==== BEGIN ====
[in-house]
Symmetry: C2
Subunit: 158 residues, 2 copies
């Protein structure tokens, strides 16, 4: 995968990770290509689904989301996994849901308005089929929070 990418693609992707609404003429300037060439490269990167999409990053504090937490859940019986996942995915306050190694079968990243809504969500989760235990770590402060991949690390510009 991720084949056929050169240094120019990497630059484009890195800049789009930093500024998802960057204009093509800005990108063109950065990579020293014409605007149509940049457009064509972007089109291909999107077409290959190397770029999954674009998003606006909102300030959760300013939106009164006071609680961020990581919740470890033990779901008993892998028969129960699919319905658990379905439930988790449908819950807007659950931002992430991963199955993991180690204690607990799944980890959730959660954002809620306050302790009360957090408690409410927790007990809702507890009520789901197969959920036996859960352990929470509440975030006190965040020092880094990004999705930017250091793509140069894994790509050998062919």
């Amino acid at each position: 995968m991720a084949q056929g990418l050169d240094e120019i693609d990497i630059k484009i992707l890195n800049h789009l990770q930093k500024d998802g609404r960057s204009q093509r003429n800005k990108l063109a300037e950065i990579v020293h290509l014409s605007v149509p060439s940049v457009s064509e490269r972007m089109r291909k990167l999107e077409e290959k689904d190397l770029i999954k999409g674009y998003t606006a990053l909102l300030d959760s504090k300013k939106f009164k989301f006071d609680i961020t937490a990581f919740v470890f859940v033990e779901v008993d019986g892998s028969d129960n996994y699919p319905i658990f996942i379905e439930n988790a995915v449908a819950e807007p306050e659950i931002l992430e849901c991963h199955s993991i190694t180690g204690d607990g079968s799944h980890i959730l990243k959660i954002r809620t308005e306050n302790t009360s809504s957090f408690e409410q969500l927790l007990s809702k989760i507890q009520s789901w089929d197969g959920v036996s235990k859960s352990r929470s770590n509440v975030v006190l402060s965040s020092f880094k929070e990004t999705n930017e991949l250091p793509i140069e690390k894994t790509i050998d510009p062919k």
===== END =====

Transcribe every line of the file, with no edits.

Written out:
[in-house]
Symmetry: C2
Subunit: 158 residues, 2 copies
């Protein structure tokens, strides 16, 4: 995968990770290509689904989301996994849901308005089929929070 990418693609992707609404003429300037060439490269990167999409990053504090937490859940019986996942995915306050190694079968990243809504969500989760235990770590402060991949690390510009 991720084949056929050169240094120019990497630059484009890195800049789009930093500024998802960057204009093509800005990108063109950065990579020293014409605007149509940049457009064509972007089109291909999107077409290959190397770029999954674009998003606006909102300030959760300013939106009164006071609680961020990581919740470890033990779901008993892998028969129960699919319905658990379905439930988790449908819950807007659950931002992430991963199955993991180690204690607990799944980890959730959660954002809620306050302790009360957090408690409410927790007990809702507890009520789901197969959920036996859960352990929470509440975030006190965040020092880094990004999705930017250091793509140069894994790509050998062919």
């Amino acid at each position: 995968m991720a084949q056929g990418l050169d240094e120019i693609d990497i630059k484009i992707l890195n800049h789009l990770q930093k500024d998802g609404r960057s204009q093509r003429n800005k990108l063109a300037e950065i990579v020293h290509l014409s605007v149509p060439s940049v457009s064509e490269r972007m089109r291909k990167l999107e077409e290959k689904d190397l770029i999954k999409g674009y998003t606006a990053l909102l300030d959760s504090k300013k939106f009164k989301f006071d609680i961020t937490a990581f919740v470890f859940v033990e779901v008993d019986g892998s028969d129960n996994y699919p319905i658990f996942i379905e439930n988790a995915v449908a819950e807007p306050e659950i931002l992430e849901c991963h199955s993991i190694t180690g204690d607990g079968s799944h980890i959730l990243k959660i954002r809620t308005e306050n302790t009360s809504s957090f408690e409410q969500l927790l007990s809702k989760i507890q009520s789901w089929d197969g959920v036996s235990k859960s352990r929470s770590n509440v975030v006190l402060s965040s020092f880094k929070e990004t999705n930017e991949l250091p793509i140069e690390k894994t790509i050998d510009p062919k």